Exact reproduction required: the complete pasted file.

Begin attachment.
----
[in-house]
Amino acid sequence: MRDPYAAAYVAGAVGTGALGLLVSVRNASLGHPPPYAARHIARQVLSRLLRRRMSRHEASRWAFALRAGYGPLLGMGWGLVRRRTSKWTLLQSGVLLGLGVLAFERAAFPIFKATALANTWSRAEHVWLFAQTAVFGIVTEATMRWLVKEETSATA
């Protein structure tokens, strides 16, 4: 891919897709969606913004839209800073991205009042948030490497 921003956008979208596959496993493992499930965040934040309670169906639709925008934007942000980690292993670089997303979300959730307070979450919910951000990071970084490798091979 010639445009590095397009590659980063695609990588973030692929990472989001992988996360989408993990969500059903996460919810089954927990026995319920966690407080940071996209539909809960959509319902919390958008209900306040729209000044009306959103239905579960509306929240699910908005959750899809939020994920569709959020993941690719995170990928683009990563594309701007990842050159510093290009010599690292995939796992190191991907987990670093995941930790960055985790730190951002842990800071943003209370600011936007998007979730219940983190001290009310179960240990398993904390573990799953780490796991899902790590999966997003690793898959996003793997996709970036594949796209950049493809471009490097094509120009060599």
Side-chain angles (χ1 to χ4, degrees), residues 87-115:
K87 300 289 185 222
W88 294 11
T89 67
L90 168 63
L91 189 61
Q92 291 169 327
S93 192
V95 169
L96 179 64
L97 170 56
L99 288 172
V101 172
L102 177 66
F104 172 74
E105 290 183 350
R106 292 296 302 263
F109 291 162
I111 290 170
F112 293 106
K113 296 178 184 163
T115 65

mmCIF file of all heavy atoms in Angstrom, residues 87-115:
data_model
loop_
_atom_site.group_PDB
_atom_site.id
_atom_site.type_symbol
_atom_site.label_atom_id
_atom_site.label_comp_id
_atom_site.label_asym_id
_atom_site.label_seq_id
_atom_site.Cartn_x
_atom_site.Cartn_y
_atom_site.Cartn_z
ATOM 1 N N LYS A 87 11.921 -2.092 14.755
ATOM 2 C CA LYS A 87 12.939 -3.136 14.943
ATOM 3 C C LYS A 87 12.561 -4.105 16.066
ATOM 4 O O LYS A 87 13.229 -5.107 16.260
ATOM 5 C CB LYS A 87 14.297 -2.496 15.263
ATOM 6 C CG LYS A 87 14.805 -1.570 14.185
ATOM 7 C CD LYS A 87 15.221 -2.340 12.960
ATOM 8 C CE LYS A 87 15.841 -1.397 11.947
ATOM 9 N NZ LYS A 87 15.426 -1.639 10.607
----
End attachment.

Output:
[in-house]
Amino acid sequence: MRDPYAAAYVAGAVGTGALGLLVSVRNASLGHPPPYAARHIARQVLSRLLRRRMSRHEASRWAFALRAGYGPLLGMGWGLVRRRTSKWTLLQSGVLLGLGVLAFERAAFPIFKATALANTWSRAEHVWLFAQTAVFGIVTEATMRWLVKEETSATA
């Protein structure tokens, strides 16, 4: 891919897709969606913004839209800073991205009042948030490497 921003956008979208596959496993493992499930965040934040309670169906639709925008934007942000980690292993670089997303979300959730307070979450919910951000990071970084490798091979 010639445009590095397009590659980063695609990588973030692929990472989001992988996360989408993990969500059903996460919810089954927990026995319920966690407080940071996209539909809960959509319902919390958008209900306040729209000044009306959103239905579960509306929240699910908005959750899809939020994920569709959020993941690719995170990928683009990563594309701007990842050159510093290009010599690292995939796992190191991907987990670093995941930790960055985790730190951002842990800071943003209370600011936007998007979730219940983190001290009310179960240990398993904390573990799953780490796991899902790590999966997003690793898959996003793997996709970036594949796209950049493809471009490097094509120009060599």
Side-chain angles (χ1 to χ4, degrees), residues 87-115:
K87 300 289 185 222
W88 294 11
T89 67
L90 168 63
L91 189 61
Q92 291 169 327
S93 192
V95 169
L96 179 64
L97 170 56
L99 288 172
V101 172
L102 177 66
F104 172 74
E105 290 183 350
R106 292 296 302 263
F109 291 162
I111 290 170
F112 293 106
K113 296 178 184 163
T115 65

mmCIF file of all heavy atoms in Angstrom, residues 87-115:
data_model
loop_
_atom_site.group_PDB
_atom_site.id
_atom_site.type_symbol
_atom_site.label_atom_id
_atom_site.label_comp_id
_atom_site.label_asym_id
_atom_site.label_seq_id
_atom_site.Cartn_x
_atom_site.Cartn_y
_atom_site.Cartn_z
ATOM 1 N N LYS A 87 11.921 -2.092 14.755
ATOM 2 C CA LYS A 87 12.939 -3.136 14.943
ATOM 3 C C LYS A 87 12.561 -4.105 16.066
ATOM 4 O O LYS A 87 13.229 -5.107 16.260
ATOM 5 C CB LYS A 87 14.297 -2.496 15.263
ATOM 6 C CG LYS A 87 14.805 -1.570 14.185
ATOM 7 C CD LYS A 87 15.221 -2.340 12.960
ATOM 8 C CE LYS A 87 15.841 -1.397 11.947
ATOM 9 N NZ LYS A 87 15.426 -1.639 10.607